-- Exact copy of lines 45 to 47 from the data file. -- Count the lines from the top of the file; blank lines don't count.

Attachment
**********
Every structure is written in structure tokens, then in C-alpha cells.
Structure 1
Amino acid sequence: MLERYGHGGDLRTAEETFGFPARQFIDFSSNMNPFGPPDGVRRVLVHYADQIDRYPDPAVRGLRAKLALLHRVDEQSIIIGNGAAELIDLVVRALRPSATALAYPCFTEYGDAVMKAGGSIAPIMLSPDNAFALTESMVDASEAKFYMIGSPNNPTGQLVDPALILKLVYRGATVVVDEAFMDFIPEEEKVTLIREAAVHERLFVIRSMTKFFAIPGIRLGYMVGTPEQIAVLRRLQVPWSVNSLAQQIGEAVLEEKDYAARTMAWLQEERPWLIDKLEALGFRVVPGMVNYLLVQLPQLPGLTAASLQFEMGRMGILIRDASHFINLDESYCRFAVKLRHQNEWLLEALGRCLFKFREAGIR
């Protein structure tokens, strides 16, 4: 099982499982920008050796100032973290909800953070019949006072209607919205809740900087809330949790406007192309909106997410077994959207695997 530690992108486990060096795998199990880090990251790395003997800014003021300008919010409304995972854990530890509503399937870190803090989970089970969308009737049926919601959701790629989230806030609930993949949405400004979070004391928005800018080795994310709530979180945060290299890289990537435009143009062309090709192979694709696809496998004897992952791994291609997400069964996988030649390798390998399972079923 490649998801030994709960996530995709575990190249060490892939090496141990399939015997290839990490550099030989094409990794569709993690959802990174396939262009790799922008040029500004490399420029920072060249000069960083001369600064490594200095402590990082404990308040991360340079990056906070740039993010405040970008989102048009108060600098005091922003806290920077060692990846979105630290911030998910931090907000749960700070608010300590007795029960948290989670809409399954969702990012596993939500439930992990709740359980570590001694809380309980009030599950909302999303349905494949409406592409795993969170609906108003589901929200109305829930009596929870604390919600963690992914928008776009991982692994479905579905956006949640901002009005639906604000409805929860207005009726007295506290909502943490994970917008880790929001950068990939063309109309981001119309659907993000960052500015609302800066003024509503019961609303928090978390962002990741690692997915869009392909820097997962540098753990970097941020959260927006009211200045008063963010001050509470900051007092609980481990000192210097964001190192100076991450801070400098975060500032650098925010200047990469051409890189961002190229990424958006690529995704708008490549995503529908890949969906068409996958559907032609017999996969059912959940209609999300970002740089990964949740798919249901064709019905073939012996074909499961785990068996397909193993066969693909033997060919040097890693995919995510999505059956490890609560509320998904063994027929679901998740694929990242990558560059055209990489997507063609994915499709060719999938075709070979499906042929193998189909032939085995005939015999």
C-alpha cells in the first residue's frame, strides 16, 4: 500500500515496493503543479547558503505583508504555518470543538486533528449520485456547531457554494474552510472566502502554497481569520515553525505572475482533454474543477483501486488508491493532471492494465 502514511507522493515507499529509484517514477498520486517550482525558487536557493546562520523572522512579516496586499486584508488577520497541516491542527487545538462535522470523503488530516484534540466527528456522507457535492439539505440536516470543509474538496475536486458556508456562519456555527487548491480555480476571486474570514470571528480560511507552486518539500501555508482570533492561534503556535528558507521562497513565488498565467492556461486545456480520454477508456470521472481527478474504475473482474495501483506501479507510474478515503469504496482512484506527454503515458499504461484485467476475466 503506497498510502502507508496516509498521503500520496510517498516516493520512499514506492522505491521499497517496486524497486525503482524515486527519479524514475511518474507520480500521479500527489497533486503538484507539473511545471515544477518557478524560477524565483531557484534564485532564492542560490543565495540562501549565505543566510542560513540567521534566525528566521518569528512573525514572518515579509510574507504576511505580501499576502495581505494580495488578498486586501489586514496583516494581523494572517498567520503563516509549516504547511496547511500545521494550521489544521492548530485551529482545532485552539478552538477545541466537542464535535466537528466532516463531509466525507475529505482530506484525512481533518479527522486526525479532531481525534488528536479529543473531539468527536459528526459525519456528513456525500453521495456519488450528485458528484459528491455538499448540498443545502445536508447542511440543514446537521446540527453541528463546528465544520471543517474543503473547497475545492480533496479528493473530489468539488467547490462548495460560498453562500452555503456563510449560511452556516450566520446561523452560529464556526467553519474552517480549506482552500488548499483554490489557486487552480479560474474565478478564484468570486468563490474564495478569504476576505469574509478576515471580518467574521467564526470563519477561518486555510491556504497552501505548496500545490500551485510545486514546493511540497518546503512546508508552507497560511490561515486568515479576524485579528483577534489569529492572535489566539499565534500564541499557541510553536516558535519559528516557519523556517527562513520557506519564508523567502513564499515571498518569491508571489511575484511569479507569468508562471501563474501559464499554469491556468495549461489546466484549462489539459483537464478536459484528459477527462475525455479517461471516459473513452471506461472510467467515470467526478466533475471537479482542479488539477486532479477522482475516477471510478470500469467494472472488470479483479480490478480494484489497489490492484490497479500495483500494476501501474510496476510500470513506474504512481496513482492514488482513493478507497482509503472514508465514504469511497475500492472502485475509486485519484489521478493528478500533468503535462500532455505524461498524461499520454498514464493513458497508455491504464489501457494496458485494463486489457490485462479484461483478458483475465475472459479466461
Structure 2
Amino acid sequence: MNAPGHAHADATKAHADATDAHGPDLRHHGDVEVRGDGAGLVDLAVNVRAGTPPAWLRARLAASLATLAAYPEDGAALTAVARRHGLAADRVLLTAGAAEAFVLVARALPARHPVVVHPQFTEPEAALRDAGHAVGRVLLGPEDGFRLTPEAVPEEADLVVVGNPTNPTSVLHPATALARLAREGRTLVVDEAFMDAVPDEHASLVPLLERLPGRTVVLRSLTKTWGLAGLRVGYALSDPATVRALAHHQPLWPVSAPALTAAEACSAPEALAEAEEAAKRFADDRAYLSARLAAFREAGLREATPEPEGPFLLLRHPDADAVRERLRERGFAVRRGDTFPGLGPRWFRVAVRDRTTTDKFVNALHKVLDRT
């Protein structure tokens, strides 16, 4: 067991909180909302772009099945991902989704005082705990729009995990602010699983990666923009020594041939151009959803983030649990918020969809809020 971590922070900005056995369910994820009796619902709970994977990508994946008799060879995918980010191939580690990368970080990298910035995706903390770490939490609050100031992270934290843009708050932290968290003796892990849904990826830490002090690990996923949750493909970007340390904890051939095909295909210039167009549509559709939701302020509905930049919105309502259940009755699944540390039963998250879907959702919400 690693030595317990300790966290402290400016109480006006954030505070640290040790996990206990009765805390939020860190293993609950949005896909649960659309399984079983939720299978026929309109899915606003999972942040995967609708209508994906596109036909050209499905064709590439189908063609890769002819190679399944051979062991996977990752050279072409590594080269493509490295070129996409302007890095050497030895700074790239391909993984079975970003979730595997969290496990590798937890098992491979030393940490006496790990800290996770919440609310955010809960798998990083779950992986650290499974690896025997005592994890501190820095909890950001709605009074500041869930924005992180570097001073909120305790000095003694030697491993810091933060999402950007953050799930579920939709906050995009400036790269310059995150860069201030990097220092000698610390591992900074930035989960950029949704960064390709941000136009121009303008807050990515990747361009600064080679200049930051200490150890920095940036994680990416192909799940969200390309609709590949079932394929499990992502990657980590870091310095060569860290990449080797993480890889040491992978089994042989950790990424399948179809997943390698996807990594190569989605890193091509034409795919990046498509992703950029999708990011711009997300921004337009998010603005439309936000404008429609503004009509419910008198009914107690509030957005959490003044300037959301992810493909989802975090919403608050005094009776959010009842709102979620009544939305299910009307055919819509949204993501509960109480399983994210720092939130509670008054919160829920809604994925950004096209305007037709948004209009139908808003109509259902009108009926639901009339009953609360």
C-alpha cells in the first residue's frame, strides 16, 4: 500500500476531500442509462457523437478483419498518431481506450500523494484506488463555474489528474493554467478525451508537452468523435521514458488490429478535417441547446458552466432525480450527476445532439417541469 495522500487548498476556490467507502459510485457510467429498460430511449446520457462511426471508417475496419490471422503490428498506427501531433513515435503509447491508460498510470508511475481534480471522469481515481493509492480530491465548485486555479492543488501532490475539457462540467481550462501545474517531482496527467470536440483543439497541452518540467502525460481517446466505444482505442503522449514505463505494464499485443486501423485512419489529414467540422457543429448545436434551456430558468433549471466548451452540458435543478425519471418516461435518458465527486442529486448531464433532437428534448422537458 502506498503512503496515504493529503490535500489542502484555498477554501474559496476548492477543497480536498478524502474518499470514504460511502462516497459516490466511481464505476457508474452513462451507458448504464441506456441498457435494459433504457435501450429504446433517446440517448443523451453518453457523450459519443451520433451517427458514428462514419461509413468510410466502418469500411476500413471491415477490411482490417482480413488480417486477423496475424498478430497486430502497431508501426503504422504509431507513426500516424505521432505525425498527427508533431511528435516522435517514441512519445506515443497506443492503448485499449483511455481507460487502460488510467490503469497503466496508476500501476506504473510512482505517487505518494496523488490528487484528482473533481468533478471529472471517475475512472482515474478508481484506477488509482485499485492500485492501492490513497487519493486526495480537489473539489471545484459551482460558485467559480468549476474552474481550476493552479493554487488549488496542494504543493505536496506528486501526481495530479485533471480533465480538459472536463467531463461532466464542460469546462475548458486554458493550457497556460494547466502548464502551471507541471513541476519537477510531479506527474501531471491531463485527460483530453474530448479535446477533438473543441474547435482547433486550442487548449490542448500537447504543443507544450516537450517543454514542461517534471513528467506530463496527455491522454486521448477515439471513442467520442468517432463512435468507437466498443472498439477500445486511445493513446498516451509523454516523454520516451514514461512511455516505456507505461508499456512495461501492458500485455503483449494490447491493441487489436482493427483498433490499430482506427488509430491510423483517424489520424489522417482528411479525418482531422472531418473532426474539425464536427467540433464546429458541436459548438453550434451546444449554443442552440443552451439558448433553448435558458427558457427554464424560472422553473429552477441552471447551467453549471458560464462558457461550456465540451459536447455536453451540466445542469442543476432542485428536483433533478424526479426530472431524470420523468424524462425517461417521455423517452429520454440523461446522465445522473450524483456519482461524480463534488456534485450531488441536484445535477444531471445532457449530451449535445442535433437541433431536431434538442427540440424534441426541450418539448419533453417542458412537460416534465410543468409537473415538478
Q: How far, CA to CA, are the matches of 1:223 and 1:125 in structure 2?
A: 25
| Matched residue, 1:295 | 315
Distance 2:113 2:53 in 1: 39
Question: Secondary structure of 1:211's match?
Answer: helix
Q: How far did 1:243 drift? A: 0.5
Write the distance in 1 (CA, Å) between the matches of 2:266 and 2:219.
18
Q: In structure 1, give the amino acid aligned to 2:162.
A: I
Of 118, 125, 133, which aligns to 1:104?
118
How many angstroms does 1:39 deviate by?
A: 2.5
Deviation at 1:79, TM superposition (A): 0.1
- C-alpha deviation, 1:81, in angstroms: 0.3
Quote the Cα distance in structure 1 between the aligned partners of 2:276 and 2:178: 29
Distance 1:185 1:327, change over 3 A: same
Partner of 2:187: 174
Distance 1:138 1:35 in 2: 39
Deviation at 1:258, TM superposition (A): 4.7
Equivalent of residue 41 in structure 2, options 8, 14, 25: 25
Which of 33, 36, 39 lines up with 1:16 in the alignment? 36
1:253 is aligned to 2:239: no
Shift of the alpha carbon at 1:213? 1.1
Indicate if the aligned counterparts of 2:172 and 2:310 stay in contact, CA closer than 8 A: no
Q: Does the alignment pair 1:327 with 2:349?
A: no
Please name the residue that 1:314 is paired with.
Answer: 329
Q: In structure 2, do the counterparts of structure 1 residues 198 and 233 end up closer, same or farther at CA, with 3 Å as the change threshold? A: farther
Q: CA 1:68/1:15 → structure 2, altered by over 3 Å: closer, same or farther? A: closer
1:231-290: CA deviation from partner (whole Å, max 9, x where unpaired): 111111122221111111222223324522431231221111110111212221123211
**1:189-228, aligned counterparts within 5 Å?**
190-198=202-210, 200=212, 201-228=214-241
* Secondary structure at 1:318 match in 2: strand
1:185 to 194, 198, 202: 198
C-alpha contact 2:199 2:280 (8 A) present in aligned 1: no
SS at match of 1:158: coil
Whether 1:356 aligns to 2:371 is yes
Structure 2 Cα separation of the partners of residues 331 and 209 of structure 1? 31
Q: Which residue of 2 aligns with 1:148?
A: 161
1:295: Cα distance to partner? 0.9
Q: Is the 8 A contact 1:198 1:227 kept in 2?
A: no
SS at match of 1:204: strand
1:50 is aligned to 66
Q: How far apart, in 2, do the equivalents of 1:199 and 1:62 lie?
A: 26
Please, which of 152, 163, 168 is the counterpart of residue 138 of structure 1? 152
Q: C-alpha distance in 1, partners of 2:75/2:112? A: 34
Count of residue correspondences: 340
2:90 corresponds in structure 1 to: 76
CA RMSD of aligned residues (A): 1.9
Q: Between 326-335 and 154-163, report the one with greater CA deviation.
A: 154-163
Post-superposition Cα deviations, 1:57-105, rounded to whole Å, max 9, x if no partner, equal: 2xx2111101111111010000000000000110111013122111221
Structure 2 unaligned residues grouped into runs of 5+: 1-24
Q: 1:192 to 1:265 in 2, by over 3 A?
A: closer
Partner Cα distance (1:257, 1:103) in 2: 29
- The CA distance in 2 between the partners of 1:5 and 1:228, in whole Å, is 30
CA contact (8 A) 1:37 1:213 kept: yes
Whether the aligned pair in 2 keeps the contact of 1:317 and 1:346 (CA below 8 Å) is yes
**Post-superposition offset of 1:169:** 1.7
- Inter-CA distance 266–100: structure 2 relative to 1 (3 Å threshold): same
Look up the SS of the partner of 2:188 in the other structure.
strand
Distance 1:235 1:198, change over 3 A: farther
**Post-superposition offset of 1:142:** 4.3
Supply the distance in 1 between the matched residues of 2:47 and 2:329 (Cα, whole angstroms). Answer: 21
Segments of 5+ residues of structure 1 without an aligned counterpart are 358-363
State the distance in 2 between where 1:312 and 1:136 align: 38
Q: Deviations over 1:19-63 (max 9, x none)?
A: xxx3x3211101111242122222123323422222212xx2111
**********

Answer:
190-198=202-210, 200=212, 201-228=214-241
* Secondary structure at 1:318 match in 2: strand
1:185 to 194, 198, 202: 198